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Report notes factors in lineman's death

July 07, 1997


Staff Writer

An "ill-conceived" project and "management and supervisory failures" were major factors in the accident that led to the death of a Hagerstown City Light apprentice lineman on March 6, according to allegations in a report by a state investigator.

The Maryland Occupational Safety and Health report also says department employees preferred to blame equipment failure for the death of Ronald L. "Beaner" Jones Jr. instead of focusing on the fact that Jones wasn't wearing a safety belt at the time of the accident.

The report was obtained by The Herald-Mail Co. through a Maryland Public Information Act request filed with MOSH the day after the accident.


Jones, 34, was thrown from a cherry picker as he and four other City Light crew members worked to remove the last of five transformers from utility poles at the Hagerstown Fairgrounds, officials have said.

The winch being used snapped, causing the cherry picker's bucket to bounce, throwing Jones out, officials have said. Jones fell about 30 feet, striking his head on the back of the city's bucket truck.

Jones was operating the winch as a training exercise because there was no power to the poles, according to the report.

"The project was ill-conceived from the beginning. Even without energized lines, the decision to conduct training with an apprentice on a day with wind gusts of 50 mph forecast is suspect," according to the report, written by MOSH investigator Roger Campbell.

John Renner, a lineworker who was working with Jones on the day of the accident, said Campbell and MOSH investigator Mischelle Feezer were "way out of touch."

"When the big storm rolls in and it's as bad as it gets, who's out there working?" said Renner, who is chief steward of the City Light workers' union. Part of the job is working on live wires under storm conditions to restore power to customers, he said.

Renner said working in the cherry picker under windy conditions would be a good experience for Jones, a third-year apprentice.

Apprentices in their third year are qualified to work on high-voltage, energized lines, said City Light Manager Terry Weaver.

Jones was unable to lift the transformer from the pole because it was held in place by two bolts, something the crew didn't know, the report states.

Renner, on the ground, heard the rope make unusual noises and called to Jones to let up on the winch, the report states.

Apparently, Jones did not hear Renner because of noise caused by the wind and continued trying to lift the 1,460-pound transformer when part of the winch failed and Jones was thrown from the bucket, according to the report.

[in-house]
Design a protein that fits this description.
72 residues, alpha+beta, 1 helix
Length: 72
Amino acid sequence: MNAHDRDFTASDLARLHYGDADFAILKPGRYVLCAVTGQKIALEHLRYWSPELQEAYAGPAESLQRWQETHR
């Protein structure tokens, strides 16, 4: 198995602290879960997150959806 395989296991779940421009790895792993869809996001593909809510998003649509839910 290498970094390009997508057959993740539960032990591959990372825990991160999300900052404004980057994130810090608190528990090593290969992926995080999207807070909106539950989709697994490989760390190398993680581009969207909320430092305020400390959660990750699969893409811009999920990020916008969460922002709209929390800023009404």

The transformer was not carefully inspected nor had the foreman/lead lineman ensured Jones was wearing the safety belt, the report alleges.

"These are management and supervisory failures in direct violation of the Light Department's safety manual," the report alleges.

Renner said workers cannot tell if someone in the bucket is wearing the safety belt.

But, Campbell states in the report that Jones had gone up and down in the bucket several times. No one could explain why Jones hadn't been told to wear the safety belt, he states.

In the report, Campbell describes "an attitude throughout the department that prefers to blame the cause of the fatality on equipment failure when the major factor is that the victim was not wearing a safety belt. I was asked more questions about how to handle the media than I was about abatement."

"We work as a team and safety is important and we follow procedures," Renner said Monday.

"The (equipment) failure created the accident," said Renner, referring to the broken winch. Renner said he didn't know why Jones wasn't wearing the safety belt.

Renner said the safety belt is legal, but not very effective. Workers who fall out of a bucket with the belt on could end up paralyzed or dead.

City Light workers switched from the belt to a full-body harness after the accident.

Renner accused Campbell of having "an attitude" during his investigation and said Feezer called lineworkers "kamikazes."

Campbell and Feezer could not be reached for comment.

MOSH Regional Supervisor Dale Valentine said Campbell and Feezer "did a competent job and got the facts straight."

Under comments in the report concerning the charge that Jones had failed to wear a safety belt, Campbell noted, "(General Line Foreman Mitch) Gladhill and (Distribution Superintendent Dave) Burgan indicated that they do not feel supervision or lack of was a significant factor."

"(City Administrator Bruce) Zimmerman did not seem inclined to agree with them," Campbell stated.

Burgan and Gladhill had no comment.

Zimmerman would not comment on the details of the investigation.

City officials can respond to MOSH findings during an informal conference on Thursday morning, Zimmerman said. He would not say whether city officials planned to contest the findings.

"We haven't accepted their citations. I don't know if we will or not," Zimmerman said.

Valentine said that after the conference he will make recommendations to the state commissioner of labor and industry concerning how to settle the matter.

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